I don't want to be 'best mates' with my children: I'm their parent, not their friend

·4-min read
parents friendship children - Getty Images
parents friendship children - Getty Images

Remember the saying, ‘children should be seen and not heard’?

It was the first commandment in days of yore when parenting wasn’t even a verb; people just had children and did their best to provide for them while expecting good behaviour and respect in return.

Fast forward to the present day and, according to a new survey by sweet-maker MAOAM, modern parents now want nothing more than to be best mates with their children, with 73 per cent preferring to play and joke with their mini-mes rather than getting them to behave - and a third happy to gloss over any mild disobedience in favour of developing a playful relationship.

This belief that children should be your friends is not only ridiculous, but dangerous. Blurring the lines between parent and child makes us responsible for raising a generation of over-entitled, disrespectful, work-shy young people who will forever balk in shock at the word ‘no’.

I will never be my children’s friend; I am always – and I repeatedly tell them so – their parent.

Only last night, I spent 20 minutes insisting my 14 year old come downstairs for dinner. He’d spent most of the day in his room doing lessons online (he’s self-isolating from a Covid contact in his school bubble – but that’s another story) and just wanted to be left alone to watch YouTube on his bed.

He ranted and groaned at my unfair request and asked me why I couldn’t be like his friend’s ‘amazing’ mother who doesn’t nag or interfere and always lets his friend do whatever he wants.

I faltered, for a brief moment, and considered just leaving him alone. It would have been so much easier, not having to stare at his sour face across the dinner table or have to hear the kitchen door slam hard on his way out.

Like the 17 per cent of parents in the survey, I could have let him eat wherever and whenever he wanted and be on a par with his friend’s amazing mother, no doubt earning me lots of cuddles later on the sofa that night. But what was that teaching him in the long run?

parents friendship children The Work/Parent Switch - Getty Images
parents friendship children The Work/Parent Switch - Getty Images

“We don’t like being unpopular with our children,” says Anita Cleare, parenting expert and author of The Work/Parent Switch. “Nowadays, we design our family time around our children, spending hours on the football touchlines or helping them with homework.

“As parents, we want to be liked and loved and don’t want the negative pushback that setting boundaries brings. But negative pushback is part of parenting and we have to be prepared to be unpopular.”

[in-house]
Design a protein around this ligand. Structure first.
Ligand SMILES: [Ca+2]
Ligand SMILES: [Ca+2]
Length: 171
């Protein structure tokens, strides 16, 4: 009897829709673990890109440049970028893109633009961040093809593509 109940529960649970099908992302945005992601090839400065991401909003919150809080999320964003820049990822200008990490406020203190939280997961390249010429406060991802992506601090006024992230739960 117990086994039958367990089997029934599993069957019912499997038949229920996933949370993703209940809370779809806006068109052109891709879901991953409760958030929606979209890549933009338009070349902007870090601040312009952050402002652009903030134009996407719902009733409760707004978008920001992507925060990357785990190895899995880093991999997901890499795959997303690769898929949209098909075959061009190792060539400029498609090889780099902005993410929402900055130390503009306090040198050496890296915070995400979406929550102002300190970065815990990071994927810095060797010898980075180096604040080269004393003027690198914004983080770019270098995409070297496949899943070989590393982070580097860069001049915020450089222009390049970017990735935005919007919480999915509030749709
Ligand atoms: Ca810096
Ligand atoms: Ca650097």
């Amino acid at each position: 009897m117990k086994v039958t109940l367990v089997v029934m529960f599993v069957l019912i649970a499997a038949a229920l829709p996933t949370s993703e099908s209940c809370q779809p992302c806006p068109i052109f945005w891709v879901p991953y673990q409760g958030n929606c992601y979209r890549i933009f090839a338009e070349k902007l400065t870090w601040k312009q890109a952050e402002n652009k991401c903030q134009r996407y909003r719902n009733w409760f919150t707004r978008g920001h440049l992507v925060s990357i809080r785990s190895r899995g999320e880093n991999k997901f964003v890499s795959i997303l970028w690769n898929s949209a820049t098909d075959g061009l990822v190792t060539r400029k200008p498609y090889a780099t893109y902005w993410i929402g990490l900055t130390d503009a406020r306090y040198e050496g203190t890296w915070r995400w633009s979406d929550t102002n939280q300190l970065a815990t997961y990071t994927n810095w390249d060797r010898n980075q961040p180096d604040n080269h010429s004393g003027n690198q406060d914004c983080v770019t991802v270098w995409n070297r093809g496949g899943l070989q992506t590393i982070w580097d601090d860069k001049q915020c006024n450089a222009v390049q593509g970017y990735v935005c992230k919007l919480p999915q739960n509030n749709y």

As the youngest of five children, I grew up in the 1970s and ‘80s in a house where unpopularity as a parent was a key part of the job description. I was undoubtedly more seen than heard and I know that wasn’t all good.

Dinner times were strict, chores delegated, curfews set on nights out and I can still remember the one time I swore at my mother and the look of absolute outrage on her face and the guilt I felt for weeks – yes, weeks - afterwards.

I like to think the boundaries my parents set enabled me to become the respectful, hard-working, well-rounded individual I am today, but I recognise there was a lack of emotional connectivity in my childhood that I probably did need from time to time, alongside the rules.

That’s the good thing about modern parenting; we connect with the emotional lives of our children so much more.

While I may be strict about dinner and bedtimes, I make an effort to spend time talking to my boys about what’s going on in their lives and how they feel. But crucially I’m not asking as a friend. I’m asking as a parent, being alert to their teen struggles and attempting to guide them through life, as a parental sounding board.

“Research shows you need a balance of warmth and boundaries which means having a good relationship with your children, but equally giving them firm boundaries,” says Cleare.

“By wanting simply to be their friend, we’re not doing our children any favours. They need to develop self-control, resilience and grit and they’re not going to develop that if we’re always saying yes to them.”

So, did I stick to my guns and get my son down to dinner last night?

Yes. Did he have a sour face throughout and give me indigestion from having to sit opposite him? Yes.

But will he come down for dinner tonight? I’d put money on it. And, who knows, I may even get a cuddle afterwards.

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